Silent Delivery One of the most widely effective aircraft of World War II is rarely mentioned today. That's not surprising. It was made of plywood; it was ugly; and it didn't even have an engine-silent, it produced no exiting, powerful roar. Yet the Waco CG-4 transport glider (known as the "Hadrian" in England) played a major role in invasions of Sicily and Normandy and for crossing the Rhine at Arnhem. It also supplied troops in Burma and China. Nearly 14,000 of the ungainly craft were built from 1942 to 1945. The CG-4 was designed by and named for the Waco Aircraft Company of Troy, Ohio, formerly best known for its biplane production. Fifteen other companies also had production contracts. Notably, the Ford Motor Company devoted its entire Kingsford plant to making the gliders. At one point, some 4,500 workers were turning out eight of them per day. The gliders, made of wooden structures with a light metal frame, were 48 feet 8 inches long, 15 feet 4 inches high, and had a wingspan of 83 feet 8 inches. They were usually towed by Douglas C-47 Skytrains, attached with a 350-foot nylon rope. The CG-4 could take off under tow power like conventional gliders do today, but it also had a separate looped pickup cable that could be snatched from above by a tow plane. Pre-release normal flight speed was typically 110 to 130 mph. A descent speed of 72 mph was ideal, as was a final landing speed about 60 mph. These speeds were critical, because the glider stalled at 49 mph and, without an engine, could not recover. A crew of two piloted a CG-4. Cargo loads might include thirteen equipped troops; a Jeep with a crew of four, plus equipment; a 75mm Howitzer with its gun crew of three, ammunition, and supplies; a small bulldozer with operator; or six stretcher patients with medical personnel. Sources: Air Mobility Command Museum, http://amcmuseum.org; Military Factory, www.militaryfactory.com; Wikipedia, https://en.wikipedia.org.

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Cobham Antenna Systems, Inc. 596 Lowell Street Methuen MA 01844 978-557-2497 www.cobham.com FAX: 978-557-2800 Joy Leuis jouy.leuis@cobham.com

DIMO CORP. 46 Industrial Blvd New Castle DE 19720 www.dimo.net 302-324-8100 FAX: 302-324-8277 Contact: Omid Naghshineh omid@dimo.net Ducommun Technologies, Inc. 23301 S. Wilmington Ave. Carson CA 90745 FAX: 310-513-7298 310-513-7200 Electronic Expediters, Inc. 3700 Via Pescador Camarillo CA USA 93012 Contact: Ira Berns 805-987-7171 FAX: 805-987-3344 www.expediters.com sales@expediters.com EMTEQ Family of Companies 5349 S Emmer Drive New Berlin WI 53151 Toll Free: 888-679-6170 262-679-6170 FAX: 262-679-6175 www.emteq.com sales@emteq.com Field Aerospace 6400 S.E. 59th Street Oklahoma City OK 73135 www.arinc.com/defense 405-605-7184 FAX: 405-601-6029 Contact: Alex Thagard athagard@arinc.com IMP Aerospace Halifax Stanfield Intl Airport 557 Barnes Rd. Enfield, Nova Scotia Canada B2T 1K3 www.impaerospace.com 902-873-2250 FAX: 902-873-2290 Contact Carl Kumpic email: carl.kumpic@impaerospace.com Mecanex Usa Inc 119 White Oak Drive Berlin CT 06037 860-828-6531 www.mecanexusa.com FAX: 860-828-6533 Contact: Patricia Saglimbeni sales@mecanexusa.com Nell-Joy Industries, Inc. 8 Reith St. Copiague NY 11726 631-842-8989 www.nelljoy.com FAX: 631-842-8040 Northrop Grumman Corporation 19382 Baywatch Lane Huntington Beach CA 92646 www.northropgrumman.com 818-715-3290 FAX: 818-598-2089 Sensor Systems Inc. 8929 Fullbright Ave. Chatsworth CA 91311 www.sensorantennas.com 818-341-5366 FAX: 818-341-9059 Contact: Dave Brooks dbrooks@sensorsantennas.com SpaceAge Control Inc. 38850 20th St. East Palmdale CA 93550 www.spaceagecontrol.com 661-273-3000 FAX: 661-273-4240 Symetrics Industries 1615 W. NASA Blvd Melbourne FL 32901 www.symetrics.com 321-254-1500 FAX: 321-308-0796 Contact: Randy Koller rkoller@symetrics.com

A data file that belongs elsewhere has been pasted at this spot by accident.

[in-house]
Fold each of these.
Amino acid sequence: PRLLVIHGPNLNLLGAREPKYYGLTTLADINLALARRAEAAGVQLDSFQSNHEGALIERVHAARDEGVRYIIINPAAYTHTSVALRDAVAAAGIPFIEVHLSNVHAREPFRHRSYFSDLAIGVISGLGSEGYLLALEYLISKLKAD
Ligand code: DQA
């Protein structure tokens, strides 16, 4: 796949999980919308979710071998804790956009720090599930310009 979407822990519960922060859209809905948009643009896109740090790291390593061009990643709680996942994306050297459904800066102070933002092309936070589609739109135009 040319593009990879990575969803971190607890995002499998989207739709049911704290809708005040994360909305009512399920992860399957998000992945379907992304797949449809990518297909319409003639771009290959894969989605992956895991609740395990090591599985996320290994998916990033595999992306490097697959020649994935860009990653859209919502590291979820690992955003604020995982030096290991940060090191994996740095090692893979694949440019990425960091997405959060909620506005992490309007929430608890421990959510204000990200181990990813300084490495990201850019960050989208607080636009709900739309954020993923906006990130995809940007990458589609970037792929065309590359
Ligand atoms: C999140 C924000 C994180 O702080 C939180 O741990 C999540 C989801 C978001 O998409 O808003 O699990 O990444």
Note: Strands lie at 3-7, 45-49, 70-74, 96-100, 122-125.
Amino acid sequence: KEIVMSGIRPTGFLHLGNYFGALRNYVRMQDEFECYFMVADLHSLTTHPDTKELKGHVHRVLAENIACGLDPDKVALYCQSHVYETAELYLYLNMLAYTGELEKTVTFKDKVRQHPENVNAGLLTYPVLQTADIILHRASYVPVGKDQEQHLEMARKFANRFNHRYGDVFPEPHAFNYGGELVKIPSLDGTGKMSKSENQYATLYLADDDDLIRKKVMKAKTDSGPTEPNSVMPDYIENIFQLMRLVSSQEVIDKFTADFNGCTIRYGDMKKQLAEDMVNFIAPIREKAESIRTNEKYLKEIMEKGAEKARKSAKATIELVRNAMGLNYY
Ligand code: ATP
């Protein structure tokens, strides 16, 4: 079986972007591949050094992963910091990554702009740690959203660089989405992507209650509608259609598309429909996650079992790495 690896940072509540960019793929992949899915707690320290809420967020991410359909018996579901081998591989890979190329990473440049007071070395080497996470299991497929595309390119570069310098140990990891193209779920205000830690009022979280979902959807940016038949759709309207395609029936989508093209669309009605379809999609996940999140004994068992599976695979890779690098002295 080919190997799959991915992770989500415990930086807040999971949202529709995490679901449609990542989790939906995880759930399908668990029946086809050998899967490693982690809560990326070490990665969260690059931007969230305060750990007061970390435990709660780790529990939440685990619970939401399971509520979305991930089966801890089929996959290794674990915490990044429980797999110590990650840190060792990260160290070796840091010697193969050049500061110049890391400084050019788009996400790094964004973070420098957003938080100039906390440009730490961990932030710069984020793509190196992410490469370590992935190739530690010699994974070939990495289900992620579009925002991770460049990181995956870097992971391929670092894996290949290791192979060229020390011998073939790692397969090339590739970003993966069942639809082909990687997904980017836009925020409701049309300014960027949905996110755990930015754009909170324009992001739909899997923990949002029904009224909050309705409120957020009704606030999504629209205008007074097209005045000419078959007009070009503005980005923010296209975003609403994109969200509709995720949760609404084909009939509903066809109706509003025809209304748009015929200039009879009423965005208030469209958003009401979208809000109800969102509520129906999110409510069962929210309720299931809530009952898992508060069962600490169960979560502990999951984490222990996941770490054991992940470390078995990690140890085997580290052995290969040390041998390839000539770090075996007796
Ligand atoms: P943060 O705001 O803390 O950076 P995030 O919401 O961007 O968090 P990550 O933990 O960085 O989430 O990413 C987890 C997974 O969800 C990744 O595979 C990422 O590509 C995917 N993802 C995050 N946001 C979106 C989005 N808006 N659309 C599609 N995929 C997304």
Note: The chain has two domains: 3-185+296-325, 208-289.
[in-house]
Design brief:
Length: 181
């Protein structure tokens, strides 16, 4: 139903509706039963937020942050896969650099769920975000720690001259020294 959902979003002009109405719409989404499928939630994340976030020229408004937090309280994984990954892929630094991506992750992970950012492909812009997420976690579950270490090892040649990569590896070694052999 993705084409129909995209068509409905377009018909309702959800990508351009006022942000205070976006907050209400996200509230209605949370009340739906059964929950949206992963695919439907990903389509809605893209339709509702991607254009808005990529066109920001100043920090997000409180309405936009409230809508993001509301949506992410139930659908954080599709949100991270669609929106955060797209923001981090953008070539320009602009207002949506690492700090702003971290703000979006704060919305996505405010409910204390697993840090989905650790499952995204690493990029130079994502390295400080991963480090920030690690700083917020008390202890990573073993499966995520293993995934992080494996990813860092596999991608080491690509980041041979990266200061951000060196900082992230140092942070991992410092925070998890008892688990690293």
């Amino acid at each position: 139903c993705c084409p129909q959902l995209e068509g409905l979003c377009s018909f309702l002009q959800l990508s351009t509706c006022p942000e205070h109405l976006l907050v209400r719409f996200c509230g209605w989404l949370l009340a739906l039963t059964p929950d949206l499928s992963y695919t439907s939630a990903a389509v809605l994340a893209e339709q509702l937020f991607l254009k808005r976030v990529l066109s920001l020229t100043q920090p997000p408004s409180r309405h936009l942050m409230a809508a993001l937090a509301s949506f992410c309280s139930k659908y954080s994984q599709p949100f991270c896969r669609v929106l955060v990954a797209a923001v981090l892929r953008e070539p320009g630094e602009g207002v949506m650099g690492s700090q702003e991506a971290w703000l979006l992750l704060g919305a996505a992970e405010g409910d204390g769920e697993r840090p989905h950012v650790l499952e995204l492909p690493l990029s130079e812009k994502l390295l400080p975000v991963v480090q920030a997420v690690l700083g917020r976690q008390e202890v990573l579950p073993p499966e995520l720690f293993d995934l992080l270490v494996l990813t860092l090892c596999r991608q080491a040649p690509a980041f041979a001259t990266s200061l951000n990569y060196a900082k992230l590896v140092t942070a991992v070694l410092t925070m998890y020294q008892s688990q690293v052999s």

ENGINE & ENGINE PARTS ENGINE & ENGINE PARTS

AAR Aircraft Component Services-New York 747 Zeckendorf Blvd. Garden City NY 11530 www.aarcorp.com 516-222-9000 Contact: Glenn Meyers FAX: 516-357-2709 New York glenn.meyers@aarcorp.com AAR Aircraft Services-Melbourne PO Box 61740 Palm Bay FL USA 32906-1740 www.aarcorp.com 252-435-0826 FAX: 252-435-1930